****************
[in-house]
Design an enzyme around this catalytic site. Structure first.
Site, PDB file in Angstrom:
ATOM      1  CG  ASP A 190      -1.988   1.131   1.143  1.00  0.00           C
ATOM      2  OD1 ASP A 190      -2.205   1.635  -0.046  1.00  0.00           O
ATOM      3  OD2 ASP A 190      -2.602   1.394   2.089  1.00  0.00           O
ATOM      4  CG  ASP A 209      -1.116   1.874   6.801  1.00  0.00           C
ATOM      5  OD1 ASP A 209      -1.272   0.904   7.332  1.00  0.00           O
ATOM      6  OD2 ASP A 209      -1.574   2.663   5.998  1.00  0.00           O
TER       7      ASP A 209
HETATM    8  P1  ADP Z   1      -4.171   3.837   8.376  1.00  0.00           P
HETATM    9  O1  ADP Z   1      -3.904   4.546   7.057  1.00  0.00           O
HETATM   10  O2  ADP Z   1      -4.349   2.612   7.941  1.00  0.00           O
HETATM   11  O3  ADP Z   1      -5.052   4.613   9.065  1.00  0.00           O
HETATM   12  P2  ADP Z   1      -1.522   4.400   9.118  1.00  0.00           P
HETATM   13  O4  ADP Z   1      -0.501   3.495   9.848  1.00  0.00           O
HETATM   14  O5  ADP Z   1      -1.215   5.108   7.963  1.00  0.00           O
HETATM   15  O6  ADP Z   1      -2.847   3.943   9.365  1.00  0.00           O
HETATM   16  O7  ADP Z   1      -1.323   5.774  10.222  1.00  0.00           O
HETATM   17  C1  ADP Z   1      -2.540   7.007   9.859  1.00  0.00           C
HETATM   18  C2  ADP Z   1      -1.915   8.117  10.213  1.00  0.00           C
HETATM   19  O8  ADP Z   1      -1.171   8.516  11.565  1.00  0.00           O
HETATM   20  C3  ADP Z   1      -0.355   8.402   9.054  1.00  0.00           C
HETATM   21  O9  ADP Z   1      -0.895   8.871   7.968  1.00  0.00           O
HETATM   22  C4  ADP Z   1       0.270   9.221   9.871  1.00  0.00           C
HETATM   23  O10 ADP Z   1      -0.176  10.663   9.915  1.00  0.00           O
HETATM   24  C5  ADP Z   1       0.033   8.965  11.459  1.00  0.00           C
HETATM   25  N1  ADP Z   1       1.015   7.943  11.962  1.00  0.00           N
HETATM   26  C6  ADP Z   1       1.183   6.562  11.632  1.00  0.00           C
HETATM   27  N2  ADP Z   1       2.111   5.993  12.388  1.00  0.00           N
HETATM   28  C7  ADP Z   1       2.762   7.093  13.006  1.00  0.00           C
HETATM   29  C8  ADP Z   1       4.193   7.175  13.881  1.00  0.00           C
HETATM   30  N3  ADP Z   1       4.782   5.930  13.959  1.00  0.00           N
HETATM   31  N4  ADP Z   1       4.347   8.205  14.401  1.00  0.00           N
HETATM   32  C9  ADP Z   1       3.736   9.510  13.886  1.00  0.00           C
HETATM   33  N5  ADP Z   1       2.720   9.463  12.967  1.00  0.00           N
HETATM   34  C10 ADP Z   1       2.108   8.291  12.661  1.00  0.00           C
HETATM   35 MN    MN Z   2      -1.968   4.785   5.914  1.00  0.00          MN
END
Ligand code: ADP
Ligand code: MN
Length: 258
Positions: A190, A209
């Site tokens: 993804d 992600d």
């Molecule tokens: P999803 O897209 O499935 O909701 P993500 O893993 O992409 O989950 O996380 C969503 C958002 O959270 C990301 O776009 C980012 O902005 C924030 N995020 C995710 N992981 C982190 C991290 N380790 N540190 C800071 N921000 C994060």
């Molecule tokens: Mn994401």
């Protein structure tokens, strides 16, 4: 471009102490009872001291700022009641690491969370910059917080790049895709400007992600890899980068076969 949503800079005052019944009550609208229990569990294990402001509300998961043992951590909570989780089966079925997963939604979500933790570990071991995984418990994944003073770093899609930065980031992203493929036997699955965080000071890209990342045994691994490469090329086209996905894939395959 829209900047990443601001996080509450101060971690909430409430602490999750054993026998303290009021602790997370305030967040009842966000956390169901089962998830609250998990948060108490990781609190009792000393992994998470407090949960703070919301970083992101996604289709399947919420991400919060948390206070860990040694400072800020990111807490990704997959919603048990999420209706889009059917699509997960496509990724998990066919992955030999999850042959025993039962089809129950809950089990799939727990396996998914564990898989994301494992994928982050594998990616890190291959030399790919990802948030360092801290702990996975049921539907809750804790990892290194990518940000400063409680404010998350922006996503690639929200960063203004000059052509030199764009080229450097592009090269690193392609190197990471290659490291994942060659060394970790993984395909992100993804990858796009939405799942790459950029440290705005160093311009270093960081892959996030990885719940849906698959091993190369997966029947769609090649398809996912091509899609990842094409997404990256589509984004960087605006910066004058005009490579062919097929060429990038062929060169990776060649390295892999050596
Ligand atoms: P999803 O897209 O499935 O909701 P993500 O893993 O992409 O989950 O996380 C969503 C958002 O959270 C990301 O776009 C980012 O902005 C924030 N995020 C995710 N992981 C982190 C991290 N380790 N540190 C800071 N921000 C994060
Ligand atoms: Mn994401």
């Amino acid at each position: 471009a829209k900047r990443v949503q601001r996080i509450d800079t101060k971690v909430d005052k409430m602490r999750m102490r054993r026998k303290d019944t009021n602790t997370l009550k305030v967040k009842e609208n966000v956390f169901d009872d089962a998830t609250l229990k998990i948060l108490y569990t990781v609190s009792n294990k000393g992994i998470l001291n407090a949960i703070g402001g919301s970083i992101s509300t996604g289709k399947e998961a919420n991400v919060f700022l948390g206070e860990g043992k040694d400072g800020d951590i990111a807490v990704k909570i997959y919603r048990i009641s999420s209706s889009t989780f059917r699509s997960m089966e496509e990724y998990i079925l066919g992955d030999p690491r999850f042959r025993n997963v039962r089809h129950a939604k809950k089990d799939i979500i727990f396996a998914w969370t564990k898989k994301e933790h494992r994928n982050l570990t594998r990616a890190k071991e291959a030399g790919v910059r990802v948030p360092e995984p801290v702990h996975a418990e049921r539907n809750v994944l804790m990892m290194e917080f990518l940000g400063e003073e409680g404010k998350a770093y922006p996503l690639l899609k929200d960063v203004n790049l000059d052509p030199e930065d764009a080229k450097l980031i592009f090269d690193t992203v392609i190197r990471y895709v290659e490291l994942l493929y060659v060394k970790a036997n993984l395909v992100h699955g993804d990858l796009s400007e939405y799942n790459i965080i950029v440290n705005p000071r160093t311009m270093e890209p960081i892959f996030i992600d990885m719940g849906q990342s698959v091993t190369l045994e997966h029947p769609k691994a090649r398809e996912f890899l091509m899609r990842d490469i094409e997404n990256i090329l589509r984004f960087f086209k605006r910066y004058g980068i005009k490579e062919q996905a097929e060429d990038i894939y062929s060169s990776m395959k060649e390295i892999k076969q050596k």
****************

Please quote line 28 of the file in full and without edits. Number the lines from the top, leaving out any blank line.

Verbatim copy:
HETATM   25  N1  ADP Z   1       1.015   7.943  11.962  1.00  0.00           N